Hundreds of high school students visited California State University, Northridge for a day of learning and a college campus experience during the annual Harambee High School Conference.
In celebration of Black History Month, the Department of Africana Studies hosts various events around campus throughout the month of February, including the Harambee conference — where CSUN’s Office of Student Outreach and Recruitment Services and the Harambee Student Association invite predominantly African-American students to speak with current CSUN students and faculty about their experiences in college. This year the conference’s theme was Africana Studies 360° — Black Synergy.
The conference welcomed students from 20 high schools across Southern California to experience the daily life of a CSUN student. This year’s participating high schools included Birmingham Charter, Lancaster, Northridge Academy and Village Christian.
At the opening session, Associate Vice President for Student Access and Support Services Dwayne Cantrell greeted students, chaperones and CSUN volunteers before sending students off for a host of scheduled workshops.
“This conference is all about encouraging you,” Cantrell said. “As you’re here today, I want you to consider yourself as college students. We want you to think at a higher level, to conduct yourself at a higher level. We want you to learn and be inspired. … You have passion, you have a voice, you are old enough right now to start tapping into that. Be aware of allowing people to put you in a box of who you are — start learning who you are and letting your voice be heard.”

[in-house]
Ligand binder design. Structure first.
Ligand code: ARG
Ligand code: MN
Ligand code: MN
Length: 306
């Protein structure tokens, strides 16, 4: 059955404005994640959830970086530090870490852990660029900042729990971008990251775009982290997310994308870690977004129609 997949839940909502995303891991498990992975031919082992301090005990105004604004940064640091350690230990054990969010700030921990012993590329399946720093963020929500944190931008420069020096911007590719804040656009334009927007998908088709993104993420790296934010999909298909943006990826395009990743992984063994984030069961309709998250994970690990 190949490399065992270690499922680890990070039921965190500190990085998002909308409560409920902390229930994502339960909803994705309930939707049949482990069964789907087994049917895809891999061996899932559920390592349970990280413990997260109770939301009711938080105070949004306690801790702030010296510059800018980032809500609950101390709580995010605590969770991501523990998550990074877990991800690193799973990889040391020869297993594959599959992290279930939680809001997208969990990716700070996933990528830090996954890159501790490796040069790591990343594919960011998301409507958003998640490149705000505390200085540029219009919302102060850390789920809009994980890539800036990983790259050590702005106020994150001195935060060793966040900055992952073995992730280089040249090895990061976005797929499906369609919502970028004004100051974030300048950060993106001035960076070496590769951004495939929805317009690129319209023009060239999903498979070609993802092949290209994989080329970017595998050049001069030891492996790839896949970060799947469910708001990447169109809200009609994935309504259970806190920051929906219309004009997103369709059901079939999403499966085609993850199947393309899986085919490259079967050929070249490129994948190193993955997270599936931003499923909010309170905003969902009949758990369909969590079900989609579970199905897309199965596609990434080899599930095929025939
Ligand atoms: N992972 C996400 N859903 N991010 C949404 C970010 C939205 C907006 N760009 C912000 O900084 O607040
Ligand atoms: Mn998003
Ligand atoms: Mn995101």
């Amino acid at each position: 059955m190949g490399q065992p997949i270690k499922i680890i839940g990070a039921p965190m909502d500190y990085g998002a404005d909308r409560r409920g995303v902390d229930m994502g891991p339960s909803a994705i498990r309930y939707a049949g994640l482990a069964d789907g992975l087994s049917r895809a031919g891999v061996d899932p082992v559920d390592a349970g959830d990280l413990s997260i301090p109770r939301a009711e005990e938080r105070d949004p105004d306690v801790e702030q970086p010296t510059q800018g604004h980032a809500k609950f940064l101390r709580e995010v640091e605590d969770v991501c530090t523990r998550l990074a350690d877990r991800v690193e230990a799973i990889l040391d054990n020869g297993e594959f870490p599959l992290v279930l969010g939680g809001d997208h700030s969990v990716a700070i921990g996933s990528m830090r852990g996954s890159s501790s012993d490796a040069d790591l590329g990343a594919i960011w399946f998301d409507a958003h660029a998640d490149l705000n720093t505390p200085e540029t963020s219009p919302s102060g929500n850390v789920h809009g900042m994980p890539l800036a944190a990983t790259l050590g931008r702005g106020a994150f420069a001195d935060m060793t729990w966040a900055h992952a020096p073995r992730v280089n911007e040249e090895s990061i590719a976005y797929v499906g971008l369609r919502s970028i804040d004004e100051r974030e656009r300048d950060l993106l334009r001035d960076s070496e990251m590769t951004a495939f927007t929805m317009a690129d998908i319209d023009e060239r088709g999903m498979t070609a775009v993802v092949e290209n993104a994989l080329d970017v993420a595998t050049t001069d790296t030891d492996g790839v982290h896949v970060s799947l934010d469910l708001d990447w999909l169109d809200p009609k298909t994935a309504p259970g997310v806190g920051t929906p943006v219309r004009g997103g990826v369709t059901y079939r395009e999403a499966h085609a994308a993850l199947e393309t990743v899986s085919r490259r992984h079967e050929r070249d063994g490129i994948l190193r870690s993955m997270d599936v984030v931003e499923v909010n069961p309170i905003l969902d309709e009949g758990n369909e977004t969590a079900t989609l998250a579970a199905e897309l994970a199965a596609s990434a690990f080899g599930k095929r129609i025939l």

After the introductory remarks, students were grouped together and invited to various rooms in the East Conference Center of CSUN’s University Student Union (USU). The sessions included a discussion about campus life with a panel of three CSUN students involved in the African-American community.
The CSUN student panelists discussed reasons they decided to go to college, the challenges they faced once here and their paths to success. Student panelist Saacha Bracy, an Africana Studies major, spoke about her trouble with time management when transitioning to college life and how she found a sense of community among her classmates.
“Here at CSUN, there’s not that many black students, but we have a strong community,” Bracy said. “That’s something I really enjoy about college. The sense of community — we’re all here for each other, we’re all going through the same struggles — to have that support system we have among each other.”
The participating high school students took a lunch break before returning to the USU rooms for a series of lectures by CSUN faculty.
Ninth-grade high school student A.J. Oden said this type of conference gives high school students insights into college life.
“Your background could be similar to theirs [college students], and you can kind of see where you are heading,” Oden said.
Oden said she liked that the conference gives students like her an opportunity to witness campus life firsthand — by seeing how things work at a university, and learning that there are different groups and communities for everyone on campus.